J. Virginiana 'Grey Owl'

grog

Shohin
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Never heard of 'Grey Owl' before but I was in Omaha picking up Turface and herad about a nearby nursery and went to check it out. Looked like the place hadn't been tidied, watered, whatever in a long long time. Maples and ash trees had been in the same place long enough the roots had went to the ground and the trees had grown enough to break the pots. Some of them probably 30 feet tall. Among them I found some of the J. Virginiana/Eastern Red Cedar with a 'Grey Owl' tag on them.

The price was right to give them a try so I filled the truck up twice with a ratty looking Austrian pine, lilac, something as yet unidentified, and a bunch of these junipers. Rotten time of year to be getting trees, I'm not messing with anything other than what I had to do to get them in the truck and removing some dead branches. They're just growing in dirt but as long as I don't drown them I think they'll make it till spring (especially considering the conditions they'd been growing in).

I know they're not supposed to be good bonsai subjects but a few of these trunks made me think they may be worth a shot.
 

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grog

Shohin
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The pics are of three of the different junipers. Pics 2 and 3 are one tree, 4 and 5 are another.
 

waltr1

Yamadori
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Looks like some interesting trunks. What size pots are they in?
I think j. Virginiana does back bud so they could work out for you. Keep us posted.
 

dboorde

Seed
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Nice find.

Arthur Joura from the North Carolina Arboretum styled and re-potted a Grey owl last week at the Triangle bonsai society in Raleigh just last week. He told us the Juniperus Virginiana can be styled and re-potted (including root pruning) in the summer. He said they re-pot ERC's in the summer because they are too busy in the spring with trees that can't be messed with latter in the year.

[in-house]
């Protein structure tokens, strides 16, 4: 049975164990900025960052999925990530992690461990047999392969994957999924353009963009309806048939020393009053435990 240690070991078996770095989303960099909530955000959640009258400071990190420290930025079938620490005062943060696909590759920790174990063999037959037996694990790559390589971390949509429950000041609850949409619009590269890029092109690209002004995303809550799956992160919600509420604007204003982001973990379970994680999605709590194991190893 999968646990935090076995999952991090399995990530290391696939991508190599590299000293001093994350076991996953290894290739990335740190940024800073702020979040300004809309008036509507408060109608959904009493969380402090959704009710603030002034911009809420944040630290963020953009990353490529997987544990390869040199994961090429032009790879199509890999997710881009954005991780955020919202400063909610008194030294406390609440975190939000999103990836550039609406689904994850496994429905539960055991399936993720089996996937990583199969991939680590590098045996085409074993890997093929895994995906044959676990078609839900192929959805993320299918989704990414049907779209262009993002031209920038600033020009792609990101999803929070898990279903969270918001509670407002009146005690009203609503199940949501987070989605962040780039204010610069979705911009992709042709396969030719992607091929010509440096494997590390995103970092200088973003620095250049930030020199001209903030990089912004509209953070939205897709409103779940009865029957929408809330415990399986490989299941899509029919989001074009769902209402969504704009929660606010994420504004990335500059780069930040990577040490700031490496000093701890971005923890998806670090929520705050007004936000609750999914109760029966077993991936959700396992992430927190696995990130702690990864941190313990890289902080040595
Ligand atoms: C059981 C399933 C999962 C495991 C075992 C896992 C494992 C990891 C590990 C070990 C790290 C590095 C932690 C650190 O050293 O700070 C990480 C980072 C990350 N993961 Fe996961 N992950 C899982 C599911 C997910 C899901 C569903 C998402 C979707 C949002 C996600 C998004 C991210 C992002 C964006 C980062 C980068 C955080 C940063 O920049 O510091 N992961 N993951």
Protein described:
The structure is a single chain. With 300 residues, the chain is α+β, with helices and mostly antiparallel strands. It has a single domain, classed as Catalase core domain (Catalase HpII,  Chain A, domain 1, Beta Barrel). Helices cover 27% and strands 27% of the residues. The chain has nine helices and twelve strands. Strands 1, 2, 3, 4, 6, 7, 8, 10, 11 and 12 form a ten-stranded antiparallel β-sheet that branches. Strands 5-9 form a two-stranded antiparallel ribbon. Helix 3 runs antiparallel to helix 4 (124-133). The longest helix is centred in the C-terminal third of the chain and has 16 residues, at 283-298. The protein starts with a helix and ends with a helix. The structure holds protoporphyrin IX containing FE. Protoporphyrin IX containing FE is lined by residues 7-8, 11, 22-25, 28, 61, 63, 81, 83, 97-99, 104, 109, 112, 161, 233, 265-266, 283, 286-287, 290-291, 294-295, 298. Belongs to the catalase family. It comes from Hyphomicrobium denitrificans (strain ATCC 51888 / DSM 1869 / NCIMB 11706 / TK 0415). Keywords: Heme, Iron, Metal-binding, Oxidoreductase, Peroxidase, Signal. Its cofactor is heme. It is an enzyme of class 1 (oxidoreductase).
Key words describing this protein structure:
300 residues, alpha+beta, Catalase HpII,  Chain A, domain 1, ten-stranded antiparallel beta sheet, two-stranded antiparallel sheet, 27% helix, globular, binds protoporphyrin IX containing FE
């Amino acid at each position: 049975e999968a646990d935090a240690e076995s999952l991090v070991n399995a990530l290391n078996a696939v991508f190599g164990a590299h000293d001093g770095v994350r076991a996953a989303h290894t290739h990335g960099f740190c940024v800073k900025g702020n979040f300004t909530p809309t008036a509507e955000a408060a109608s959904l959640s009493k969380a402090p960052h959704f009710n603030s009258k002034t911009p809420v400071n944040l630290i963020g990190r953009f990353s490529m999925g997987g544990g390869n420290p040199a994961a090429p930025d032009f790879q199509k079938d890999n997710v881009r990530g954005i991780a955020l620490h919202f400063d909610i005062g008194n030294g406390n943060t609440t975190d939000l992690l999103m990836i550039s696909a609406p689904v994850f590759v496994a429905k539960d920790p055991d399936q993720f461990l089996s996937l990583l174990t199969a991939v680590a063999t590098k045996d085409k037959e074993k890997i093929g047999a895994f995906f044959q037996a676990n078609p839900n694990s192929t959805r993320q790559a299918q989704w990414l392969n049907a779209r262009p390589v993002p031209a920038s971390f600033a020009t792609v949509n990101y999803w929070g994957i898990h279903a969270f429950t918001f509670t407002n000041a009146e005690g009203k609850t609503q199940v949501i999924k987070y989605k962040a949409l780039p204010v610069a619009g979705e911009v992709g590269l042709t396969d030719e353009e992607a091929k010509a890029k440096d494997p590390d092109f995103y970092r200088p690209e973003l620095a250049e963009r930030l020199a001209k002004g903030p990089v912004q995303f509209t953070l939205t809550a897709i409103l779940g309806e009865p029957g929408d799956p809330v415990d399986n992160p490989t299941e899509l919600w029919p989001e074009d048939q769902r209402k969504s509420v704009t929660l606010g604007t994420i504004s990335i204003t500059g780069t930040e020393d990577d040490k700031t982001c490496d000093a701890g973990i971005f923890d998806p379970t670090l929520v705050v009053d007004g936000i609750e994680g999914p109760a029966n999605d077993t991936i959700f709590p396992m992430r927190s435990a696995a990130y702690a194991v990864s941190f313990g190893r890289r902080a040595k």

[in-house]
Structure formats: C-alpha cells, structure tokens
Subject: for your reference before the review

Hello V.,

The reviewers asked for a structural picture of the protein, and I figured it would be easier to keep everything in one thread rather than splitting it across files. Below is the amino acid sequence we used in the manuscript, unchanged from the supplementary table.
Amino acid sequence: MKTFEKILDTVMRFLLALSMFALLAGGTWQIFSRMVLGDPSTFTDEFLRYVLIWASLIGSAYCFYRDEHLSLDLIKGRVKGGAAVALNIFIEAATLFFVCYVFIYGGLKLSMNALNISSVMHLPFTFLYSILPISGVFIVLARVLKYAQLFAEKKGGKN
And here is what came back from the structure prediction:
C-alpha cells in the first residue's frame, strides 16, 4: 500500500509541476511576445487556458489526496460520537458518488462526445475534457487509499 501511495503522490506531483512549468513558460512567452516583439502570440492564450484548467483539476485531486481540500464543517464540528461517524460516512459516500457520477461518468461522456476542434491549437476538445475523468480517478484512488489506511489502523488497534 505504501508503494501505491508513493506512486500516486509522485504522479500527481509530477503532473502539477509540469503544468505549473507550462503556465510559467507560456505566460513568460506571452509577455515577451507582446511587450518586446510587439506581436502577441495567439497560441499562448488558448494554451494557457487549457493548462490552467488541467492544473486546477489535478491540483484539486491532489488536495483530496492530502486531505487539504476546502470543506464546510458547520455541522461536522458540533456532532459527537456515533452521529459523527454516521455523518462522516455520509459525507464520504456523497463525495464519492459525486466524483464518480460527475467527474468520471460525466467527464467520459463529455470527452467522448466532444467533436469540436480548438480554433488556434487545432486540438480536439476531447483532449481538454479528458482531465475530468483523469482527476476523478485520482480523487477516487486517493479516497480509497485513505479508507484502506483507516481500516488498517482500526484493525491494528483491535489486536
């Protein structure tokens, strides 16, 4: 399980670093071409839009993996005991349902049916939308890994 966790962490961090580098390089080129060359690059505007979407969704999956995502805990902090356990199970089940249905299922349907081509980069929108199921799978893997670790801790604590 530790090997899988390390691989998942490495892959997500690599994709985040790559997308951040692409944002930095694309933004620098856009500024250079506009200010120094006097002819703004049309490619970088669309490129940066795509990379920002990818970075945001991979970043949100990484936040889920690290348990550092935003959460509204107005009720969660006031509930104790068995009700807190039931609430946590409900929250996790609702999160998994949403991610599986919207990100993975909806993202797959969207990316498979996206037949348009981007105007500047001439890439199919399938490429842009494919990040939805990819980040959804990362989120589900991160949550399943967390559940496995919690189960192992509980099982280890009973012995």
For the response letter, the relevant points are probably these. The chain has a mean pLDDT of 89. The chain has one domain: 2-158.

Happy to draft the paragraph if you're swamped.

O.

I have been collecting and transplanting ERC's all summer. All were bare rooted the tap root cut and planted in bonsai soil and I have not lost a one and they are all putting out new growth.

I let them rest in the shade and mist them in the morning and the evening.



 

Martin Sweeney

Chumono
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Grog,
Attached is an Eastern Red Cedar, although not a "grey owl", that is part of the Staples Collection at the North Carolina Arboretum in Asheville. I took this picture last year at the 2007 Carolinas Bonsai Expo at the Arboretum. Wish it was better, because the tree is better than what is shown. It's pretty big too.

Eastern Red Cedar can make good bonsai. Unfortunately, I do not know the "secret" to doing it.

Regards,
Martin
 

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grog

Shohin
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Dboorde,
Sounds about right as far as how tolerant the J. virginiana are, I've been able to collect them pretty much any time of the year.

Martin,
Seems like almost all of the good looking ERC I've seen on the net have been literati, that's a very nice one. I spent six years in your neck of the woods when I was stationed at Ft. Bragg, wish I'd been bitten by the bonsai bug back then. I see a lot of nice trees posted from down there.